You can’t build a party on good intentions and good vibes (though, these are vital), you cannot beat something with nothing. Because if you win you have to govern and governing requires more than open minded and open ended debates. Members of a legislature, members of an executive, they must have purpose and goals. 

A new party needs to be substantive. It needs an organizing principle, a guiding light, which a platform can eventually be built around. A political party, of course, is fundamentally a collaborative affair, so you aren’t going to have it all worked out from the start, that’s impossible, a top-down dictate and would go against the principles of representative democracy. I think a new political party, to be successful, to actually be able to win elections, has to speak to relevant, tangible problems facing people and the country. It needs to present a vision and a pathway to achieving that vision with concrete measurements that demonstrate results. This might not be true for a major party but this is going to be true for a new, upstart party. A new party will always be held to a far higher standard than the Democrats or Republicans and that’s okay, that’s good. It’s a challenge but it is worth it. 

A strong platform with innovative ideas is good and necessary for success but it is not everything and it is far from enough. Success in politics is about familiarity and personal connection as much as it is about policy and candidates. It requires building up local parties. Running candidates and campaigning for every office. Building connections within the community. Staying engaged throughout the year, not just when election time comes around and especially not just when the big elections come around. At its core, a successful party is about getting people excited and involved and engaged, recruiting people to run the party at every level with energy, commitment, and determination. Politics is a people business. Good people are our foundation. 

Beyond a strong platform based in a new politics, beyond a bottom-up and energetic organization, I think the best path for success for a new party in today’s political environment is being a regional party. There was a time when people said all politics is local. Now all politics is national. But the pendulum continues to swing. Ultimately, I think politics have been more national than people care to admit for a long time. I think we’ve neglected our local and state governments. I think we generally are suffering because our local and state politicians have not been held to account, they rarely face genuine competition, and they are beholden to small groups and special interests more than most. It might be my own Ohio bias, but I’d like to see a new party focused on Ohio and the surrounding areas of economic integration, not DC. 

I am proposing today we form a new party in Ohio. The Heartland Party. It will be a state party seeking ballot access in Ohio. It will focus on rejuvenating Ohio’s economy, building industry integrated into the regional economy, and working for the benefit of Ohioans. It will have the stated goal of within 25 years placing Ohio as a leader in both the national and global economy, turning Ohio into a hub of innovation, and having the highest standard of living among the United States.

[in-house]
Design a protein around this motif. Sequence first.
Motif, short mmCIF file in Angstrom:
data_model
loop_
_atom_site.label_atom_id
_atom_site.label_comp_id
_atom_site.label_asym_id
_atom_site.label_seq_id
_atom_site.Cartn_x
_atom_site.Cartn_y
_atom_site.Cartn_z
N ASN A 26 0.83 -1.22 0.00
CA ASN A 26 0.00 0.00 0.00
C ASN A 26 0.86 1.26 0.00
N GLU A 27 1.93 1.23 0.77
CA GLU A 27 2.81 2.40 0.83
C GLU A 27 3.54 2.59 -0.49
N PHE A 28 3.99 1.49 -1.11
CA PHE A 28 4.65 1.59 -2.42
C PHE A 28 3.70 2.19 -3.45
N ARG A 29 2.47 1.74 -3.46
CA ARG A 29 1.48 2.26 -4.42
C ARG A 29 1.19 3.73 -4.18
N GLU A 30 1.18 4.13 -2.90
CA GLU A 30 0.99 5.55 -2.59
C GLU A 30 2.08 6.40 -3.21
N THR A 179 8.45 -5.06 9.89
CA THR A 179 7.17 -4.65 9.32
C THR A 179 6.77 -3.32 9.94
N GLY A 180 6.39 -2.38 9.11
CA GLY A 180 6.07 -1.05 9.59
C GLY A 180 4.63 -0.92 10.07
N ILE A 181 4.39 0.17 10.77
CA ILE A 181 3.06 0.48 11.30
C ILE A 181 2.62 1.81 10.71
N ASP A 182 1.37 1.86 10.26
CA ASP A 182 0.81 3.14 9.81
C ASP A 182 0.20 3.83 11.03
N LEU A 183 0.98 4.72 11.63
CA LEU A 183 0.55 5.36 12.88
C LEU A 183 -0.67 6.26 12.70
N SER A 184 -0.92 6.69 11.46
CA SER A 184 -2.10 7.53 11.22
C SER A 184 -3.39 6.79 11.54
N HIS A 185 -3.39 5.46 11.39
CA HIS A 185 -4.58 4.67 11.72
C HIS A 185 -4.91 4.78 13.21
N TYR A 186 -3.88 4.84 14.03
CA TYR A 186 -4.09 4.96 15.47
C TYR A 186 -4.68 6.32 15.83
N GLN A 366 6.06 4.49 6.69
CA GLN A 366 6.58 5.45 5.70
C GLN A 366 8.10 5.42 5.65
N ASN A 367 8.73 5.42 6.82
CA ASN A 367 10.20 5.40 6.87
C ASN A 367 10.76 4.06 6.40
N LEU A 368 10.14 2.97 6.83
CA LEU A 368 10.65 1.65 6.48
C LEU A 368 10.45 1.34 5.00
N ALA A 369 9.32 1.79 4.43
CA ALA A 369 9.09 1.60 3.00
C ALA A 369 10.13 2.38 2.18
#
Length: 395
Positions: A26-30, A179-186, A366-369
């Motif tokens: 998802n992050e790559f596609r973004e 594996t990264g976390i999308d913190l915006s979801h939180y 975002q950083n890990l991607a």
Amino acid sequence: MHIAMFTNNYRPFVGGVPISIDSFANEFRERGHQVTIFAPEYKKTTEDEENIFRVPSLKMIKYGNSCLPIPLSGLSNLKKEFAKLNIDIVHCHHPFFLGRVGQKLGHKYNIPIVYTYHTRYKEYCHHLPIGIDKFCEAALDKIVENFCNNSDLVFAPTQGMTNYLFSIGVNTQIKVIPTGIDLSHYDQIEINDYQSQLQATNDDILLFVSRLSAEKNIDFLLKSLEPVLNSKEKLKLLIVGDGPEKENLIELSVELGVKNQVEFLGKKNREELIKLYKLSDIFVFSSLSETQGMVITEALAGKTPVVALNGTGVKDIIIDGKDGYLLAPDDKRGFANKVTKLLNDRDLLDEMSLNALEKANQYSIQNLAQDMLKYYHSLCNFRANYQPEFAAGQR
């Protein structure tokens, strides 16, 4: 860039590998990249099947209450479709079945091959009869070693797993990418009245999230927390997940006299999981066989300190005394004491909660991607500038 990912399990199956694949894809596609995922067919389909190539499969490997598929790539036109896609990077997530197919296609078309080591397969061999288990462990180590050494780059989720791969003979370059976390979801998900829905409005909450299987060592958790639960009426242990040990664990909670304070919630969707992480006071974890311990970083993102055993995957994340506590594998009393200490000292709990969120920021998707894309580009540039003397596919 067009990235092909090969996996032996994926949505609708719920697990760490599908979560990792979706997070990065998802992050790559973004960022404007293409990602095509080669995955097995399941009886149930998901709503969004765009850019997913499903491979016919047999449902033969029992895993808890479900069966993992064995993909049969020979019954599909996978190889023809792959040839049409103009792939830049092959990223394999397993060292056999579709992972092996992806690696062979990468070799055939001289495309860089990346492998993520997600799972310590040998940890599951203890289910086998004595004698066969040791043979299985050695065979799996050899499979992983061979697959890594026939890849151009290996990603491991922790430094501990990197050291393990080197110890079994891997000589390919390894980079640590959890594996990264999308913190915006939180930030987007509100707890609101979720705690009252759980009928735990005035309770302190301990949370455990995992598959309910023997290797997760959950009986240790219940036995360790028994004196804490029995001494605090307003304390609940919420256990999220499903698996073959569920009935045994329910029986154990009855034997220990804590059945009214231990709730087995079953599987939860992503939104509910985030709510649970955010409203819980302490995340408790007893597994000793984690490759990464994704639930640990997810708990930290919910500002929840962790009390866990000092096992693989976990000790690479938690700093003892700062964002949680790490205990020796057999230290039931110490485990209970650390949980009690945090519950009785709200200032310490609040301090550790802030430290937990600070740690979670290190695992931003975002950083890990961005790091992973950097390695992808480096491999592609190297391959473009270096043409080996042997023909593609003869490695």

The party name, the structure of its organization, and its platform are of course to be fully determined by the participants in the party. But I shall outline a plan for it here. The platform will focus on key areas of tangible impact on the lives of Ohioans and the competitiveness of Ohio. 

Education: Education is the foundation of our future. It’s what starts out our children on the best grounds for the rest of their lives. It’s the key to building an innovative and technologically competitive economy, one that can compete on the world stage. Lately extremists have been attempting to seize control of our schools, hijacking school board meetings and politicizing curriculums for their own political agenda. It’s disgraceful and counterproductive when we have to be focusing on repairing the damage done by two years of pandemic induced learning loss. We want an educational system that is dynamic, allows for a pluralistic approach to understanding complex concepts, and creates lifelong learners. 

Economic Growth: Economic growth is the end all be all, frankly. Some oppose economic growth, some people are degrowthers, they argue this based on environmental and sustainability reasons; these people are deeply misguided, at best. Economic growth is the only way we raise the standard of living, it is how we lift people out of poverty, it is how we create opportunity, it is how we become a better, happier society. The link between economic growth and carbon emissions is broken. Growth actually means a cleaner economy, it means conservation, it means more sustainable use of resources, it means stopping global warming. Because of course it does, because economic growth and innovation are linked, because growth comes from innovation, from technology, from doing more with less. That’s always how it’s been. The Heartland Party is a party committed to growth because we are committed to people.